Bruce Byers Consulting brings a systems approach to strategic planning and program and project design. Bruce’s evaluation experience directly informs all of his planning work, because his evaluations always emphasize learning and provide formative recommendations for future activities. He has conducted training workshops on strategic planning and program design for the Latin America and Caribbean and International Seminars programs of the U.S. Forest Service, and assisted for-profit consulting firms and NGOs on numerous proposals to funding agencies.
Integration of biodiversity conservation and natural resources management across all development sectors is a cornerstone of USAID’s 2014 Biodiversity Policy and more recent Environmental and Natural Resource Management (ENRM) Framework. This kind of integration at USAID and other international development agencies has often been hindered by a “siloed” institutional structure and narrow disciplinary training among staff members. For USAID, Tropical Forests and Biodiversity (FAA 118-119) analyses are a key, initial entry point for integrating biodiversity and environmental issues in the agency’s strategy development process.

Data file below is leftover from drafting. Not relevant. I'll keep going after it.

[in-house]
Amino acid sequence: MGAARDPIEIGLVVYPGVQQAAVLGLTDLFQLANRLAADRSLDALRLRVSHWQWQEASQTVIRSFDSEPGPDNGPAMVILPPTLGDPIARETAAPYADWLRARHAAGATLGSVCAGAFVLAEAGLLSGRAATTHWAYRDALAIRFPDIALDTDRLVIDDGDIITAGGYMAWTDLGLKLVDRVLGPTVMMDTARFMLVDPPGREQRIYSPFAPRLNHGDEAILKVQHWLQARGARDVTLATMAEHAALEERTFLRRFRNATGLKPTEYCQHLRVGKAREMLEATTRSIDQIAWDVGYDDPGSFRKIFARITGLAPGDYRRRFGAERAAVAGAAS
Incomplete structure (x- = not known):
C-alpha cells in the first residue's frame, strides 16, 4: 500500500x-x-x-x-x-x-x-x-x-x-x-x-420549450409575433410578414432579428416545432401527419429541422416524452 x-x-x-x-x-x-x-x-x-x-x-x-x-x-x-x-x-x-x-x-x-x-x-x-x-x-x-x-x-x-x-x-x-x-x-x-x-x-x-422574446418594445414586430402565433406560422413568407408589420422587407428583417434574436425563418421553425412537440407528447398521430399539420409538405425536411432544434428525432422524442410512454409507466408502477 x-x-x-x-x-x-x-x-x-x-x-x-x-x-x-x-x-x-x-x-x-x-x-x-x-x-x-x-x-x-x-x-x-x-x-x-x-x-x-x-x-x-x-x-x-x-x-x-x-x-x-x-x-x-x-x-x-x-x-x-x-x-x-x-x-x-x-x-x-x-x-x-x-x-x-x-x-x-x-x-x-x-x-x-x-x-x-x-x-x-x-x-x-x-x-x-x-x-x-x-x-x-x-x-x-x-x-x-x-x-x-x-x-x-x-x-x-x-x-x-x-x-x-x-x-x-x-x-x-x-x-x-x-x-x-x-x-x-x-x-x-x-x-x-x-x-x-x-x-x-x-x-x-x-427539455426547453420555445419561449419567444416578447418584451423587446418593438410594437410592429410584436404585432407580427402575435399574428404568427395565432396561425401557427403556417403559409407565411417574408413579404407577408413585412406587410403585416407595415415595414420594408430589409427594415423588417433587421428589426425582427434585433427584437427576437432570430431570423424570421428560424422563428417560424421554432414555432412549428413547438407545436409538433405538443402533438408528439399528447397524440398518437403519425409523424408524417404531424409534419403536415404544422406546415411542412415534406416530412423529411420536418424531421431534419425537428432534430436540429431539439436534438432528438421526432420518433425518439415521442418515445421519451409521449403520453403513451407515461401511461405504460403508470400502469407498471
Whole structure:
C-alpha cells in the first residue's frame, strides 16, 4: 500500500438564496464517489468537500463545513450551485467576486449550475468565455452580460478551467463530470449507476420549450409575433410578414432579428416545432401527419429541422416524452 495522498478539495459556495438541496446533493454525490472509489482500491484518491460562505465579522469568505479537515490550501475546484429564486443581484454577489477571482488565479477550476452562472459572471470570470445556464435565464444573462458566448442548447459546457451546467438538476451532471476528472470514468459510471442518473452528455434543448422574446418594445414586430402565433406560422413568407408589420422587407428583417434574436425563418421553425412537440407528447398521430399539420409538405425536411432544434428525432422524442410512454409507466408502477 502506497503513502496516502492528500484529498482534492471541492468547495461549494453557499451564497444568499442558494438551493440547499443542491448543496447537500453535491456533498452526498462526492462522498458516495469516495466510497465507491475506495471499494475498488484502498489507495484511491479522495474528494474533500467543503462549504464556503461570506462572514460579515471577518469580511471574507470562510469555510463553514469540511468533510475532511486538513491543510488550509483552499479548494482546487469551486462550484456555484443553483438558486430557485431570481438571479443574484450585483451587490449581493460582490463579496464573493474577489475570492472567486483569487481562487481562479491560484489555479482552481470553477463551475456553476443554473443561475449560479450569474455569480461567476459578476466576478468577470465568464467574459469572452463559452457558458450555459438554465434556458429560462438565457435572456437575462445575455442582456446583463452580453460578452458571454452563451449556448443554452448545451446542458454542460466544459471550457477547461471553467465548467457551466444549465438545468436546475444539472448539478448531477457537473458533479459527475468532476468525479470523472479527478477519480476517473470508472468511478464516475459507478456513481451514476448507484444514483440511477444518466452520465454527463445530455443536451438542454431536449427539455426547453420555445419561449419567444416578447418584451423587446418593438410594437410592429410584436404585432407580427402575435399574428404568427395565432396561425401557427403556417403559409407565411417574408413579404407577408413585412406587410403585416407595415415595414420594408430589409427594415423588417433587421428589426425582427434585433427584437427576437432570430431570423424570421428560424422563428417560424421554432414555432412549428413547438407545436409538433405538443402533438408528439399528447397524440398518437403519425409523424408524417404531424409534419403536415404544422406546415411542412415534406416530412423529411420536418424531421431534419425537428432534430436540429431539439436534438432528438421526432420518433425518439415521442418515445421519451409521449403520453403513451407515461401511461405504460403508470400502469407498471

Biosphere reserves in the international network of the UNESCO Man and the Biosphere Programme are supposed to function as laboratories and models for integrating conservation and development. Each of the almost seven hundred biosphere reserves in the network is supposed to undergo a periodic review every ten years, a process that provides an opportunity for what is essentially a formative evaluation combined with a strategic planning process. Bruce Byers Consulting is well-positioned to assist biosphere reserves with the periodic review process because of Bruce’s work experience in more than thirty biosphere reserves around the world.
Evaluations frequently reveal weaknesses in higher-level performance indicators. Projects often develop detailed indicators and monitoring systems for inputs and outputs (e.g., number of workshops held, number of people trained, number of shovels provided, number of wells dug), but frequently cannot adequately measure the higher-level outcomes and results of their inputs. A focus on administrative accounting and accountability to donors often hinders the higher-level monitoring aimed at learning what works and what doesn’t. To overcome this weakness, sound theories of change and logical results frameworks must be developed and appropriate indicators for top-level results adopted.
It has become fashionable to use software tools in program design. Although these may help ensure that key considerations are not overlooked, they sometimes result in complex “spaghetti-diagram” graphics that are difficult to understand and implement. No software programs can replace field experience, logical analysis, and systems thinking in strategic planning and program design.
For examples of work relevant to strategic planning and program design, see: